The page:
standard. Real intervals in many ways are analogous to integer ranges and
the triplet notation for array indices, in that all involve bounded sets of
numbers. Consistency suggests that intervals should have a notation and
expression under Fortran's syntax similar to that of integer ranges, but the
current proposal apparently uses a notation similar to that of complex
numbers.
6. All of the early drafts of the condition handling proposal relied on
explicitly associating conditions with system dependent integers. This again
violated the principle of encapsulation, and would have encouraged a
non-portable code style. The latest draft currently relies on a derived type
which is essentially a private integer value. This reduces the
non-portability of the condition handling code, but still does not allow the
condition handling system capable of handling the case when multiple
conditions are thrown before they are caught. A recent thread in the
newsgroup comp.lang.c++, indicates that this lack of flexibility has reduced
the robustness of many codes. This flexibility can be obtained by allowing
the signal when caught to have multiple values, i.e., have handling for a set
of values and not just one value.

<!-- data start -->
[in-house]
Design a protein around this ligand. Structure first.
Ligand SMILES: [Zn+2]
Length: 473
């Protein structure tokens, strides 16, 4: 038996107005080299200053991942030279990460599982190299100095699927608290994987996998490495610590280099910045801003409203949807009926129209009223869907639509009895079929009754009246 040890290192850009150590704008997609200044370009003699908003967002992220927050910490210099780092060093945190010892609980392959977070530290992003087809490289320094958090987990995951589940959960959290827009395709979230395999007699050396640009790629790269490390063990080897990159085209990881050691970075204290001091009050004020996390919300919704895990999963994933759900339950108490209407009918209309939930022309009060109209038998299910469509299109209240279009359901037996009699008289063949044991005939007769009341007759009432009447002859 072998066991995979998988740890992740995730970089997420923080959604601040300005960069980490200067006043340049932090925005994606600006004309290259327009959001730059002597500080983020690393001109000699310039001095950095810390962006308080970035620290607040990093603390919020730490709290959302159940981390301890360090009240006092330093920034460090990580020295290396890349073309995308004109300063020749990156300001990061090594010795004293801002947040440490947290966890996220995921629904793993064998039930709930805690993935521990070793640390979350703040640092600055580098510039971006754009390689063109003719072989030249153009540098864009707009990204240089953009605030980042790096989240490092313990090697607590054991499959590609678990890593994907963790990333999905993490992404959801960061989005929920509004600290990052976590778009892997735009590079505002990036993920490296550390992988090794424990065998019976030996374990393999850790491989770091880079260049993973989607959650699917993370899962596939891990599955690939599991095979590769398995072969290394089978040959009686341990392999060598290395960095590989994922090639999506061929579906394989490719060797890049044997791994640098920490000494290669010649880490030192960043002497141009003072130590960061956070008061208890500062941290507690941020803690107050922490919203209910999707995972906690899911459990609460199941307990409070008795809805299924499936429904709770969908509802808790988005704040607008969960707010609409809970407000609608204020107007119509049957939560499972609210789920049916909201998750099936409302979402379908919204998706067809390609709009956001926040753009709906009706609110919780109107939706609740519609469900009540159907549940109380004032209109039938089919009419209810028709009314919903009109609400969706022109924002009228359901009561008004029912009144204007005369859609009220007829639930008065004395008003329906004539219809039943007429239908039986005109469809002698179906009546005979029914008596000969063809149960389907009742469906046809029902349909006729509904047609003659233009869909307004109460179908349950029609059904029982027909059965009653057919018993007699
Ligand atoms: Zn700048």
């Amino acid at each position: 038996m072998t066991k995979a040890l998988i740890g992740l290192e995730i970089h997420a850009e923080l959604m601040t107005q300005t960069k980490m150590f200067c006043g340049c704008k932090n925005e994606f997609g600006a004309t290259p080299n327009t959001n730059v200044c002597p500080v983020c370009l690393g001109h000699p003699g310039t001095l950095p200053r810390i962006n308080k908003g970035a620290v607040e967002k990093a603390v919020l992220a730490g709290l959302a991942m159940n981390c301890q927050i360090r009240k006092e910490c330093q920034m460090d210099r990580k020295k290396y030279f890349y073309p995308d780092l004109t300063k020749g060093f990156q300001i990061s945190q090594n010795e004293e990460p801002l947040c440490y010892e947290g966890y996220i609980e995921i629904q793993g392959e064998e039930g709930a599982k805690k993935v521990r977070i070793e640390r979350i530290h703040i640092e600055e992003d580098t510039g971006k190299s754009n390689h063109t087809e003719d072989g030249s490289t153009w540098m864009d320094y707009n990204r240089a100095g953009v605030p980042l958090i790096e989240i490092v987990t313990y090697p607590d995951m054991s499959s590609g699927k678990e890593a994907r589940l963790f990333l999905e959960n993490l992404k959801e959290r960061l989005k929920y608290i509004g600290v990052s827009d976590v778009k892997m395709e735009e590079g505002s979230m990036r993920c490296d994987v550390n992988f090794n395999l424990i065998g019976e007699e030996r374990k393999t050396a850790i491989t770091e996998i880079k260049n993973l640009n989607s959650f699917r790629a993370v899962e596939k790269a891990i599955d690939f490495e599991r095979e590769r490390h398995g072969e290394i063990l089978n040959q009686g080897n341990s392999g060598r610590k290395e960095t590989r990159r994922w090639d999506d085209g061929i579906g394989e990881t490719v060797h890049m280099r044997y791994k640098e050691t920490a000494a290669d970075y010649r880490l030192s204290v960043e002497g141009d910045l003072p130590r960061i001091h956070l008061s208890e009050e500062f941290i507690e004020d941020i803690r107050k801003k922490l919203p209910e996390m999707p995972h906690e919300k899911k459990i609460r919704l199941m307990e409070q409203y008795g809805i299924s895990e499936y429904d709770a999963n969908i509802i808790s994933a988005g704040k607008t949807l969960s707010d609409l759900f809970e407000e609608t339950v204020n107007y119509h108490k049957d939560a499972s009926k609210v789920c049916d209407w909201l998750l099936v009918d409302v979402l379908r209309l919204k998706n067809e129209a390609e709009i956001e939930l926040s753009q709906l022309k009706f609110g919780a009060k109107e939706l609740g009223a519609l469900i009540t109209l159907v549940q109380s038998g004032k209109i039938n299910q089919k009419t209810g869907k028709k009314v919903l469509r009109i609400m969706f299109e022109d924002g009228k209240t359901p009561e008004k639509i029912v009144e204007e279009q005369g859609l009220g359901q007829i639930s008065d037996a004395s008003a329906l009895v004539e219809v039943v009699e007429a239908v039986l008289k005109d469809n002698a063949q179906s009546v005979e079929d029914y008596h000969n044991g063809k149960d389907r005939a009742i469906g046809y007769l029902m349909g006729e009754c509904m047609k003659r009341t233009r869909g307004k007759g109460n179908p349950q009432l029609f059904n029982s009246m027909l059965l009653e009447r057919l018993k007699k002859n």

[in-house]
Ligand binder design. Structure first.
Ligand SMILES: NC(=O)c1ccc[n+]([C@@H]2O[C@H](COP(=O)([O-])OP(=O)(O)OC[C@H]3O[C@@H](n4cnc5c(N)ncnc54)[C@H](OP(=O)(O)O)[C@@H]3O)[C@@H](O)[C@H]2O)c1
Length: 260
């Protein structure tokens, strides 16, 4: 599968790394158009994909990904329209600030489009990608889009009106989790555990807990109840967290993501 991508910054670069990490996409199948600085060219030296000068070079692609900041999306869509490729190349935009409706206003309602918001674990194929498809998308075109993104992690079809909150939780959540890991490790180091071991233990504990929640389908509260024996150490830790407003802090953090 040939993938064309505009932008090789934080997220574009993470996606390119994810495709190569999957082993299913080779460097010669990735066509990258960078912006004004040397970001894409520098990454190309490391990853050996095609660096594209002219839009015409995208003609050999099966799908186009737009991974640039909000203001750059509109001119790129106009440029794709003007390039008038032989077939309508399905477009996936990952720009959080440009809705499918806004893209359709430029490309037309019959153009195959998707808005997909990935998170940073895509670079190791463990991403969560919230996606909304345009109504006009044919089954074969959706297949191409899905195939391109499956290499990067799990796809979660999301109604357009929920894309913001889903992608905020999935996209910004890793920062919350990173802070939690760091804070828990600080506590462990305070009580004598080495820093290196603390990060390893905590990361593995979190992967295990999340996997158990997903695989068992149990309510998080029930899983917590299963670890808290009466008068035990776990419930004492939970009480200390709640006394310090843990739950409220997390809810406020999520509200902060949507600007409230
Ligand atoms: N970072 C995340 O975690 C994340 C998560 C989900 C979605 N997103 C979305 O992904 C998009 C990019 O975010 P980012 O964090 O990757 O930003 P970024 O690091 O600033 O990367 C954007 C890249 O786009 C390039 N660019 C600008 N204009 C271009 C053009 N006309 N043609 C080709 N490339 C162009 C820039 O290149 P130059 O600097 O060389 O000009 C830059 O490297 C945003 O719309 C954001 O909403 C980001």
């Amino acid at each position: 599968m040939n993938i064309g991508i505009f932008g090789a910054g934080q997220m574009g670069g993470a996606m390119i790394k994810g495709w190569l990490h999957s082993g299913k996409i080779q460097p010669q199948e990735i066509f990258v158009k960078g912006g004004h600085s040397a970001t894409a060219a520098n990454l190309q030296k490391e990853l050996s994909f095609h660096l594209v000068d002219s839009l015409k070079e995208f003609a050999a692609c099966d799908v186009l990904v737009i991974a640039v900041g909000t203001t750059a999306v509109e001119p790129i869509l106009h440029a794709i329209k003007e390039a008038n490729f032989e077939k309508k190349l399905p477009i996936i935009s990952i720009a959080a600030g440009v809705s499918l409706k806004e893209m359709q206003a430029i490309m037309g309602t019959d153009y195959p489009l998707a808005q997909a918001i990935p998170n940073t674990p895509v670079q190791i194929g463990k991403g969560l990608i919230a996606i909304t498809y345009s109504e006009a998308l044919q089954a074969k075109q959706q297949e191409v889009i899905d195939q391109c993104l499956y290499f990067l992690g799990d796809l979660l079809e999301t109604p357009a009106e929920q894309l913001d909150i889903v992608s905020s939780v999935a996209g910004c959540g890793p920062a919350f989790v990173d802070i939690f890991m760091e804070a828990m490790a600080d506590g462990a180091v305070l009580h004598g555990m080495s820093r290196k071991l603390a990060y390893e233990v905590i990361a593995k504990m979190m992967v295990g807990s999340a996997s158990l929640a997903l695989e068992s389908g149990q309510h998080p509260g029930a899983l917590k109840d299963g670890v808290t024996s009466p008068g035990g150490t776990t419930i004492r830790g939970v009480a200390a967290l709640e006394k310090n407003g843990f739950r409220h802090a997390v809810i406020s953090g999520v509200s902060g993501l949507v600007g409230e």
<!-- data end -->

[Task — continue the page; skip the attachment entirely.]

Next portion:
7. There has long been a general desire for the implementation of a bit data
type in Fortran. Most of the applications suggested for this type appear to
be better addressed with subsets of predefined sets. The suggestion that a
bit data type be used appears to be prompted by the requesters familiarity
with bit data types in other languages, and a lack of familiarity with sets.
(Note it is possible to implement subsets of predefined sets as bit values.)
8. With its emphasis on arrays it is easy to parallelize Fortran code for
many, but by no means all, problems of scientific interest. Other less
structured problems are best dealt with in terms of less structured
constructs, e.g., sets, or aggregates. Languages that include such
constructs, e.g., SETL or Connection Machine LISP, are more readily optimized
for such problems [1]. To some extent, array assignments, and the FORALL and
WHERE constructs allow arrays to be treated similar to sets as the ordering
of arrays need not be explicit, but it is difficult to do this in a
consistent and efficient manner with Fortran's arrays.
III. Illustrative syntax
The following syntax is for illustrative purposes only. Because I feel that
an immediate application of sets would be in the description of exceptions, I
have chosen this as an example, based on Reid's condition handling proposal,
although signaling of some intrinsic conditions could not be implemented
directly through Fortran. Possible problems with this syntax includes the
lack of clear syntactical distinction between sets and arrays, and the
overloading of some arithmetic operators.
MODULE CONDITIONS
IMPLICIT NONE
! The following illustrates the definition of a fixed set of
! named value elements of a given type.
TYPE(CONDITION), PUBLIC, SET, PARAMETER :: &
STANDARD_CONDITIONS = &
(/ ALLOCATION_ERROR, DEALLOCATION_ERROR, &
INSUFFICIENT_STORAGE, BOUND_ERROR, SHAPE, MANY_ONE, &
NOT_PRESENT, UNDEFINED, IO_ERROR, END_OF_FILE, &
END_OF_RECORD, OVERFLOW, INEXACT, UNDERFLOW, &
DIVIDE_BY_ZERO, INVALID, INTEGER_OVERFLOW, &